Government / Politics

San Juan Bautista selects path to resolve water problems

City will send waste water to Hollister and import water from West Hills Water Treatment Plant.

Two days before the deadline to submit its “compliance project,” the San Juan Bautista City Council voted 4-1 on a regional approach to solving its water problems over an in-house option. The city will send its waste water to the Hollister Wastewater Treatment Plant and import water from the West Hills Water Treatment Plant. Councilman Dan De Vries was the lone “no” vote at the Oct. 13 meeting. 

City Manager Don Reynolds said San Juan Bautista has a four-part system that includes water source, water distribution, wastewater collection and wastewater treatment. The city is required to fix two of the parts to comply with the Environmental Protection Agency’s (EPA) National Pollution Discharge Elimination System permit.

According to the San Benito County Water District, the West Hills Water Treatment Plant has the capacity to treat 4.5 million gallons of surface water per day and can be expanded to treat 9 million. An average family of four uses approximately 440 gallons of water per day.

According to data from the U.S. Census Bureau, San Juan Bautista has 742 housing units averaging 2.8 people per home. If the city’s residents averaged the same water usage, the combined use would be 346,480 gallons of water each day. 

Over a 12-year period, San Juan has amassed over $800,000 in fines from the California State Water Resources Control Board for discharging high levels of sodium, chloride and bacterial pollutants into the Pajaro River from the wastewater treatment plant. The city has until Dec. 21, 2023 to become compliant with the agreement it signed with the EPA on Aug. 18, which identifies the tasks San Juan Bautista needs to take to address its water issues, which at this point is the level of salt being discharged, according to the meeting agenda packet.

At the meeting, Steve Beck with Stantec Consulting Services said a preliminary engineer’s report considered three options: restoring the city pellet plant which was bought 12 years ago but never completely installed; replacing water softeners with domestic cartridge water softeners; or importing water from the West Hills Water Treatment Plant. A fourth option of constructing a new treatment plant in the city was discarded early in the process because it would be too costly for the population it would serve, he said. 

In its analysis, Beck said Stantec looked at criteria such as cost, life cycle, footprint, operational simplicity and reliability. Though the West Hills Water Treatment Plant is estimated to be the most costly option at $25.2 million, it outscored the other options in other criteria by 51 and 78 points, respectively.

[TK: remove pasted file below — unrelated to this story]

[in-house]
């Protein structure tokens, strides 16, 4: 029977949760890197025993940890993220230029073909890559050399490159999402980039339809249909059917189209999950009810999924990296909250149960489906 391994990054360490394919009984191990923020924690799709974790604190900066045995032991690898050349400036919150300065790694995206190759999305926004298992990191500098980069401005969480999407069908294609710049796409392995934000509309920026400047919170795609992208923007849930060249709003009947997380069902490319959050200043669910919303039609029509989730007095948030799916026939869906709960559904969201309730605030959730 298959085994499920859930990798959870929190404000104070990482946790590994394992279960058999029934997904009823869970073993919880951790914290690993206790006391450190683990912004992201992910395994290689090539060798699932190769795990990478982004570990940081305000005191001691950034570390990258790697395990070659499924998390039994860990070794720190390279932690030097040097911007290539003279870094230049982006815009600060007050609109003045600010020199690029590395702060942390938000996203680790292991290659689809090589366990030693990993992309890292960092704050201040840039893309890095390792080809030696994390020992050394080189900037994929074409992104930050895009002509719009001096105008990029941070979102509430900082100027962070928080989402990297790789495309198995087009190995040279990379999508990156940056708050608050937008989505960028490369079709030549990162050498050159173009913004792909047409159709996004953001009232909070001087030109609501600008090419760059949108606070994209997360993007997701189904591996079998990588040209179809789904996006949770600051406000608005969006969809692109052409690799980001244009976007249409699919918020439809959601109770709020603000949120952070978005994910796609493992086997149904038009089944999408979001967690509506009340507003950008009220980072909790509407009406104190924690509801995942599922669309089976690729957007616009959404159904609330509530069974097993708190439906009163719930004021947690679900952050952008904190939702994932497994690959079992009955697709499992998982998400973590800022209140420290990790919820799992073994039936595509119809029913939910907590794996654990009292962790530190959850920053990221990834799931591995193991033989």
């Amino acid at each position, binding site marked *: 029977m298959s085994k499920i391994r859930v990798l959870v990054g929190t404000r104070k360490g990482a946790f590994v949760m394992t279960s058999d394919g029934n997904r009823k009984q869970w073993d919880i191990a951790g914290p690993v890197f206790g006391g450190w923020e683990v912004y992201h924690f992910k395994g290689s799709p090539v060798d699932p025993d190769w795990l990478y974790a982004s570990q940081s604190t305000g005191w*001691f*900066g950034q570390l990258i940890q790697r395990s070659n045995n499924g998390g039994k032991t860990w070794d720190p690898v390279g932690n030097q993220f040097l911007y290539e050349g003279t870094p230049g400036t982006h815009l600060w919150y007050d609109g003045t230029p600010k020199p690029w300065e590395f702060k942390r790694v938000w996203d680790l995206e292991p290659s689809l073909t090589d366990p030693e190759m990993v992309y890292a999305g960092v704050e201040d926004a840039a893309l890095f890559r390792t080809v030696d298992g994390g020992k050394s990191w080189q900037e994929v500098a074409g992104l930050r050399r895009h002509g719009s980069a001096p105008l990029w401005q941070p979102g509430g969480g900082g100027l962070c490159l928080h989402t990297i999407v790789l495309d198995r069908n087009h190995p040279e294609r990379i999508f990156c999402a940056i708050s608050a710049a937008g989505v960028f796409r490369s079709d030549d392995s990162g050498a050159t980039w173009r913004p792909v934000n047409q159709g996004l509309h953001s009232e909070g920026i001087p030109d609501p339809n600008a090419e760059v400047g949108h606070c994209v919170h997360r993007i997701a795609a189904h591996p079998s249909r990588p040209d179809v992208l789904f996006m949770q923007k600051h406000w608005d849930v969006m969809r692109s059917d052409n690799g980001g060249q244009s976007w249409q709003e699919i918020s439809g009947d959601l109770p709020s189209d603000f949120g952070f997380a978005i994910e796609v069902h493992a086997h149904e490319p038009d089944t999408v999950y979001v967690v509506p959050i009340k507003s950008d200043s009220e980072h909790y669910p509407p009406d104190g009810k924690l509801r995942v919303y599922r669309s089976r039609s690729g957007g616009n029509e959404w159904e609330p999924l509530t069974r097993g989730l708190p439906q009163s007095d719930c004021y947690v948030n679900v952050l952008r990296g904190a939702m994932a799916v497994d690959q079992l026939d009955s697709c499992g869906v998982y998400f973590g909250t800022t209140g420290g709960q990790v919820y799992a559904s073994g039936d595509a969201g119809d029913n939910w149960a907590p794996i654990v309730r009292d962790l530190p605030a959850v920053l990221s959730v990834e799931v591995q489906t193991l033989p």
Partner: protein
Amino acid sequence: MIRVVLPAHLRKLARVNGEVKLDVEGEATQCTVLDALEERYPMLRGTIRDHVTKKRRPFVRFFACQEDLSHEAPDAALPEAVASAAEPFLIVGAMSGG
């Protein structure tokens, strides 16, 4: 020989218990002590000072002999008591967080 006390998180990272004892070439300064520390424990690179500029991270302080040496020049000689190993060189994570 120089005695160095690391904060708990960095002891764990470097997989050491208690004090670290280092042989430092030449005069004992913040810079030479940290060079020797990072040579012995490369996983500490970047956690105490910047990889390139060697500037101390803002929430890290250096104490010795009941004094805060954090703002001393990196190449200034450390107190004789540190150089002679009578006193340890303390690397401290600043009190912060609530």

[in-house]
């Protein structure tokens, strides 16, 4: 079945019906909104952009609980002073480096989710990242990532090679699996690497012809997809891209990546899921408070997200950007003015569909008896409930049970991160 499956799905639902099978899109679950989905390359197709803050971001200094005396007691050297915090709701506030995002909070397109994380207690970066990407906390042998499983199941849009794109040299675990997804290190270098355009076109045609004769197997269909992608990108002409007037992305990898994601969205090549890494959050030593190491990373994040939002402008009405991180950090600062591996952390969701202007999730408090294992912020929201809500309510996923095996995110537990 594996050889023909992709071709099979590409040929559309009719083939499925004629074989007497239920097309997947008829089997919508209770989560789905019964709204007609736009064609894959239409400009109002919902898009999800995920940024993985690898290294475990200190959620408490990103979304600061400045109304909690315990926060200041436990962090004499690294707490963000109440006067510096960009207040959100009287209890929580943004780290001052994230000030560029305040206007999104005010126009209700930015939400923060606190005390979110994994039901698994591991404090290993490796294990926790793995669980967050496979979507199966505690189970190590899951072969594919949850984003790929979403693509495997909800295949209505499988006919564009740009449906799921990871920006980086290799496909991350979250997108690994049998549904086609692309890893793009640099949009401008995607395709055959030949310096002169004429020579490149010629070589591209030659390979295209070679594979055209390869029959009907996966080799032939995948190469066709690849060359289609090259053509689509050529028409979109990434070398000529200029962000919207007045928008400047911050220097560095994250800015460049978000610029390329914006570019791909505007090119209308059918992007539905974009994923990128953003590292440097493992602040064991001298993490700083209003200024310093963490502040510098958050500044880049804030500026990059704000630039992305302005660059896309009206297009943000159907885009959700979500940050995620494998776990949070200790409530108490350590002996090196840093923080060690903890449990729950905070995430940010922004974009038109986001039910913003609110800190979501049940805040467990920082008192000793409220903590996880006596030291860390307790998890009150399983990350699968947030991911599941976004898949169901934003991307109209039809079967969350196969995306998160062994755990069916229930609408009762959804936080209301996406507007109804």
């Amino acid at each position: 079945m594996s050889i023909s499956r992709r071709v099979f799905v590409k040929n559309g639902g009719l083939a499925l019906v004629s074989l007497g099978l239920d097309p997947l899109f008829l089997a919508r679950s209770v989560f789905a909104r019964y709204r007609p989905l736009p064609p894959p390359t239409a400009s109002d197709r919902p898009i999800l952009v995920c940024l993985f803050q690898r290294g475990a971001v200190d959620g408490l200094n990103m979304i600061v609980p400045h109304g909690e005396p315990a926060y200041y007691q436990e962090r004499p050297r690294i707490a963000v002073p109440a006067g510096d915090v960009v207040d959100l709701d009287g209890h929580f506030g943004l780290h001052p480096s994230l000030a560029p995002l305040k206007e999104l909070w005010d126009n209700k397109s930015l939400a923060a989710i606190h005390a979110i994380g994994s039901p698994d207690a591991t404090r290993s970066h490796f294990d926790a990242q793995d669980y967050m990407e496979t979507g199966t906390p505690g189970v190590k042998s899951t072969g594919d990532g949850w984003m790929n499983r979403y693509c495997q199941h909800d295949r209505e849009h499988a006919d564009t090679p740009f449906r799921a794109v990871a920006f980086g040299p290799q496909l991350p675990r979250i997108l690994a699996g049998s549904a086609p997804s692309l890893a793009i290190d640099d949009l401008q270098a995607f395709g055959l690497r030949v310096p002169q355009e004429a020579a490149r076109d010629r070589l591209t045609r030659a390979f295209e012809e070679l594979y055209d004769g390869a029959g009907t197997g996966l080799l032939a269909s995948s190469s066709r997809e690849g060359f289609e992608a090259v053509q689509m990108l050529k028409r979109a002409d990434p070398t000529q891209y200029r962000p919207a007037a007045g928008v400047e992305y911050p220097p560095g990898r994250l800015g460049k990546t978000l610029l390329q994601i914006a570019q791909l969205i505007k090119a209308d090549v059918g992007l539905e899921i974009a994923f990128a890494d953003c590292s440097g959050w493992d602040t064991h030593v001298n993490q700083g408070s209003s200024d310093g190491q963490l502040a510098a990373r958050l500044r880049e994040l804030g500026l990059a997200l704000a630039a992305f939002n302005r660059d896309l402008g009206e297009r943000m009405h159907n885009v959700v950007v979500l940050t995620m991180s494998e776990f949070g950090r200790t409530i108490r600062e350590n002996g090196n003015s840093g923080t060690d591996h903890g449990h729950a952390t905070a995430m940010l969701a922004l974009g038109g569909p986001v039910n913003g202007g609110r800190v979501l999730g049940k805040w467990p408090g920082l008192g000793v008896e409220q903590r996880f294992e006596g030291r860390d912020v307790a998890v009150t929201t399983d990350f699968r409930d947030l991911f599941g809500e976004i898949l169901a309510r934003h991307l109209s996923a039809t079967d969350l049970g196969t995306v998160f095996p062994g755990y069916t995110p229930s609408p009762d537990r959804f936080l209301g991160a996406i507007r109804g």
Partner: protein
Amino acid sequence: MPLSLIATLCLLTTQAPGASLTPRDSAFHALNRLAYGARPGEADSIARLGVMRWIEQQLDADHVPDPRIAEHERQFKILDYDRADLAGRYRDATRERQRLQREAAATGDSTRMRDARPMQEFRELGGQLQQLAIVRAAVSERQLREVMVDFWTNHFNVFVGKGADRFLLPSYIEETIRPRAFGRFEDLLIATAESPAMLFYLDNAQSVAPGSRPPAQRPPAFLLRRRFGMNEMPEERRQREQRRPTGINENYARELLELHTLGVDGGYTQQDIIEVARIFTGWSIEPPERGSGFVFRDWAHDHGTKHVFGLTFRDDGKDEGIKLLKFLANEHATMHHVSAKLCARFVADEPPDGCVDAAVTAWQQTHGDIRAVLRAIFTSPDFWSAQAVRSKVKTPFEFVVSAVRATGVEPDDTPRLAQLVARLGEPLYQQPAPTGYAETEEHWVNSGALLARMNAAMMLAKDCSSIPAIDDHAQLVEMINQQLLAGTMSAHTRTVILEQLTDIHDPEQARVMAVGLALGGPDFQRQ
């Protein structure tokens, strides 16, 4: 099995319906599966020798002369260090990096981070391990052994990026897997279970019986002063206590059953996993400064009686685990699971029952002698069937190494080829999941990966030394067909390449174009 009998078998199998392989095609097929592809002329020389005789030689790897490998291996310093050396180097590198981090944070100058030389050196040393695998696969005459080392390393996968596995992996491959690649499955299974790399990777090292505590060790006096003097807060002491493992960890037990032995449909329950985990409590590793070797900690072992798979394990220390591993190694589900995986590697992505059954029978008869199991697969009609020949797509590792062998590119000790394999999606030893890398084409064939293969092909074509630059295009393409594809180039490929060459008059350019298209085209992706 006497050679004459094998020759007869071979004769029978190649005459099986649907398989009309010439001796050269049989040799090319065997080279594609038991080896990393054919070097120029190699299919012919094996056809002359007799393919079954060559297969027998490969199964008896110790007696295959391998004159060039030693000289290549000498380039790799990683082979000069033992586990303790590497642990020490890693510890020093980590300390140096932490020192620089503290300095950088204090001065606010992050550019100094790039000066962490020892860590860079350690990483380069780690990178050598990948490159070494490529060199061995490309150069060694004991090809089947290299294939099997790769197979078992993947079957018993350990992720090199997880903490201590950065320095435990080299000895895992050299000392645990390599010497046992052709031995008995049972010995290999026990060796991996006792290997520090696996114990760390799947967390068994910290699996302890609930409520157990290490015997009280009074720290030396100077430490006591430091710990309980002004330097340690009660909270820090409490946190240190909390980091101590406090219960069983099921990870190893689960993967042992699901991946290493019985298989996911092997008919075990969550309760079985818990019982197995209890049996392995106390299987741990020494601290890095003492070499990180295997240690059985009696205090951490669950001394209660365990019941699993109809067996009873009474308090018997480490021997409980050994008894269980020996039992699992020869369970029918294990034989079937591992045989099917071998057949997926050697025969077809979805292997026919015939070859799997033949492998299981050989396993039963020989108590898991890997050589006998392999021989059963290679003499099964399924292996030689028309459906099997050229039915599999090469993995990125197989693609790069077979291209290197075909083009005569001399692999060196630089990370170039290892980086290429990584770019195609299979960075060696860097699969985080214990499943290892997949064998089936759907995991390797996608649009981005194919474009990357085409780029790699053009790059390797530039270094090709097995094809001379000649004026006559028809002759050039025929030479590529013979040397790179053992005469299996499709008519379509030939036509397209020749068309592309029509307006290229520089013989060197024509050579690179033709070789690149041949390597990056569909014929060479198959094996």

San Benito County Water District Manager and Engineer Jeff Cattaneo said his board is interested in contributing to the project financially. He said San Juan Bautista would ultimately pay back the water district through a water rate surcharge. 

Cattaneo said it would be the same approach the San Benito County Water District took with Hollister and the Sunnyslope County Water District, in which they install the pipeline and get repaid over a 20-to-30-year period, minus whatever contribution the county water district applies to the project. 

Reynolds tried to appease any council member concerns and said a $2 million U.S. Department of Agriculture grant loan could be used to pay for the pipe extension. He also said the San Benito County Water District had mentioned a grant for this project through groundwater fees taken from property taxes. 

“It wouldn’t be 100% paid through this 30-year financing mechanism,” Reynolds said. “There are four or five different ways that we would pay for this project.”

While Councilman John Freeman—who has a background in industrial water treatment—enthusiastically spoke in favor of regionalizing and said the city deserves clean water, De Vries was hesitant because he wanted San Juan Bautista to be independent and that the regionalized model would induce growth.

“Can we put safeguards in place to prevent that as our great city manager has suggested? Yeah, maybe we can. We have to,” De Vries said. “That’s our only hope. But for those two reasons I’m still not feeling as positive about this development as I need to be.”

Other related BenitoLink articles:

https://benitolink.com/san-juan-bautista-accepts-epa-terms-on-water-issues/

https://benitolink.com/bl-special-report-solving-san-juan-bautistas-water-problems/

https://benitolink.com/bl-special-report-san-juans-wastewater-treatment-plant-adds-to-citys-water-woes/

https://benitolink.com/bl-special-report-why-san-juan-bautistas-million-dollar-water-fix-was-never-implemented/

https://benitolink.com/bl-special-report-san-juan-bautistas-water-problems-reaching-critical-mass/

 

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Noe Magaña

Noe Magaña is a BenitoLink reporter. He also experiments with videography and photography. A San Benito High School alumnus with a bachelor's in journalism from San Jose State and a Liberal Arts Associate's Degree from Gavilan College. Noe also attended San Jose City College and was the managing editor for the City College Times, the school's newspaper. He also was a reporter and later a copy editor for San Jose State's Spartan Daily.